AstraZeneca Plans to Seek Regulatory Approval for COPD Drug PT010 Following Phase III Trial

Inhaler COPD

Following a setback in a chronic obstructive pulmonary disease (COPD) clinical trial in August, AstraZeneca unveiled data from a separate trial on Sunday that showed its triple combination therapy PT010 outperformed its dual-therapy rivals eight of nine times.

PT010 is a combination of budesonide, glycopyrronium and formoterol fumarate. In the Phase III KRONOS trial, AstraZeneca pitted PT010 against Bevespi Aerosphere (glycopyrronium/formoterol fumarate), Symbicort Turbuhaler (budesonide/formoterol fumarate) and its investigational PT009 (budesonide/formoterol fumarate) in patients with moderate to very severe COPD regardless of whether or not they had an exacerbation in the prior year.

Data from the trial was presented at the European Respiratory Society (ERS) International Congress 2018 and also published in The Lancet Respiratory Medicine. AstraZeneca said the KRONOS trial met eight of nine primary lung function endpoints. Additionally, in key secondary endpoint, PT010 showed a statistically significant 52 percent reduction in the rate of moderate or severe COPD exacerbations compared with Bevespi Aerosphere in the trial patient population. PT010 also demonstrated 18 percent and 17 percent reductions in the rate of moderate or severe COPD exacerbations versus PT009 and Symbicort, respectively, AstraZeneca said. The company noted that these are “numerically but not statistically significant improvements.”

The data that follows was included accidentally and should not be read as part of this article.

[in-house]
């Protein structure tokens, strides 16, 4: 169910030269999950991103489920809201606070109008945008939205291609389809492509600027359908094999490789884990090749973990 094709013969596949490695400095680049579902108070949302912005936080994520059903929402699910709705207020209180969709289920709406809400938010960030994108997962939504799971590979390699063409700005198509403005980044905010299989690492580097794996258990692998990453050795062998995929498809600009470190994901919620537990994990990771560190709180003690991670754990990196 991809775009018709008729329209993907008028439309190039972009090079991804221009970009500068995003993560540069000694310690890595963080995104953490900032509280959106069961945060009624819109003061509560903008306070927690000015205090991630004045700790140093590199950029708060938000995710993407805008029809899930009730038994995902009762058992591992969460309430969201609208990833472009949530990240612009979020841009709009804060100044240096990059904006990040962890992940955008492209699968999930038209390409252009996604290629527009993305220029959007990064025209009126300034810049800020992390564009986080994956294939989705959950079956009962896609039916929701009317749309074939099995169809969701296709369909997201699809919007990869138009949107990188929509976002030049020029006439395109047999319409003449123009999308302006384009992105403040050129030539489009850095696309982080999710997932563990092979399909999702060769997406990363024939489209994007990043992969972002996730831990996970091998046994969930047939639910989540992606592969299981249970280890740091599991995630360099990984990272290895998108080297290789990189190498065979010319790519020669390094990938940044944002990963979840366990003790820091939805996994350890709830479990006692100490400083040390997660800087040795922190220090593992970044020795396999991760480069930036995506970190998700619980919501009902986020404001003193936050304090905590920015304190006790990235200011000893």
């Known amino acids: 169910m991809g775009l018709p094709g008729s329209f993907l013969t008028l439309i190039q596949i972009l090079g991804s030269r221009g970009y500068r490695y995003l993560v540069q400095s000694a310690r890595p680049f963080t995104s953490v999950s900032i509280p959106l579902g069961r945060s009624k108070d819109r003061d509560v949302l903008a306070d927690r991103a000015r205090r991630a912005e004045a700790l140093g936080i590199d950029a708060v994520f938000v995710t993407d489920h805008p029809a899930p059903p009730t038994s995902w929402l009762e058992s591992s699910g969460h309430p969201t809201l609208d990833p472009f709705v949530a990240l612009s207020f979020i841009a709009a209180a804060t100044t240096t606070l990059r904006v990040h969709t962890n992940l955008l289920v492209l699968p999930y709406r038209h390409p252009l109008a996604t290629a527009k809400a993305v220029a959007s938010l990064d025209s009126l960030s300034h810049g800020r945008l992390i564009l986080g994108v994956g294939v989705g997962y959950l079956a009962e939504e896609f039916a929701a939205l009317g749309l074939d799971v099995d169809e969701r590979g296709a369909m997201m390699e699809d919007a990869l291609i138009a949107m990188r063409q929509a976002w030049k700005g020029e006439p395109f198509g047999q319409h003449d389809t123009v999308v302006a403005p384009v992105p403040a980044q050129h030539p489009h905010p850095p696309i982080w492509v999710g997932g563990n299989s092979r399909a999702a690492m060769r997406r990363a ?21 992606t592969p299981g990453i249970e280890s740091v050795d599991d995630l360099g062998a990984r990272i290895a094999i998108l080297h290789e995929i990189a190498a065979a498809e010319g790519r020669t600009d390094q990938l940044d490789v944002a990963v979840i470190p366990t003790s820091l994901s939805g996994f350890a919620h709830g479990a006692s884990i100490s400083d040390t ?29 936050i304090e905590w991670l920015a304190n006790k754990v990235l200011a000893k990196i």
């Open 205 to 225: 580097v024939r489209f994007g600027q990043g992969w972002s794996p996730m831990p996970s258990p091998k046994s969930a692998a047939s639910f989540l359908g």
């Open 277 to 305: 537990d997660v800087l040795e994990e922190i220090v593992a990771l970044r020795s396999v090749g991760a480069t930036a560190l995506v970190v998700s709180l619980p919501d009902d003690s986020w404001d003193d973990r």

AstraZeneca said it intends to begin making regulatory submissions for PT010 by the end of this year.

COPD is a progressive disease which can cause obstruction of airflow in the lungs resulting in debilitating bouts of breathlessness. It affects an estimated 384 million people worldwide and is predicted to be the third-leading cause of death by 2020. About 30 to 40 percent of moderate to severe COPD patients on triple inhaled therapy remain uncontrolled and continue to experience exacerbations.

Colin Reisner, head of respiratory, global medicines at AstraZeneca, said the company is encouraged by the KRONOS data. Reisner said the data demonstrated PT010’s efficacy in improving lung function, as well as its “potential value as a triple combination therapy for patients with COPD.” Specifically, Reisner pointed to the trial data that showed the treatment’s benefits in COPD compared to Bevespi Aerosphere. Reisner further added that the company is looking forward to seeing how PT010 fared in the ETHOS exacerbation trial. Data from that trial is expected in 2019 and he said it will “further characterize PT010.”

The lead trial investigator, Gary Ferguson, said a priority for managing COPD patients is preventing exacerbations. It’s important because those exacerbations have an impact on lung function and mortality.

AstraZeneca said there were no new or unexpected safety or tolerability signals for PT010 in the KRONOS trial. The adverse events profile was consistent with that observed in previous trials, the company added.

“Patients are at risk even if they haven’t had an exacerbation in the previous 12 months. The KRONOS trial demonstrated that PT010 reduces the risk of an exacerbation versus LAMA/LABA combination therapy in symptomatic COPD patients regardless of whether or not they’ve had an exacerbation in the previous year,” Ferguson said in a statement.

In August, AstraZeneca reported Bevespi Aerosphere failed to distinguish itself against GlaxoSmithKline's Anoro Ellipta in treating COPD patients. The company noted that Bevespi Aerosphere did no better and no worse than the rival product. That was the second stumble for AstraZeneca’s COPD treatments this year. In May, the company reported its add-on asthma treatment Fasenra failed to hit endpoints in a Phase III trial of patients with moderate to very severe chronic obstructive pulmonary disease.

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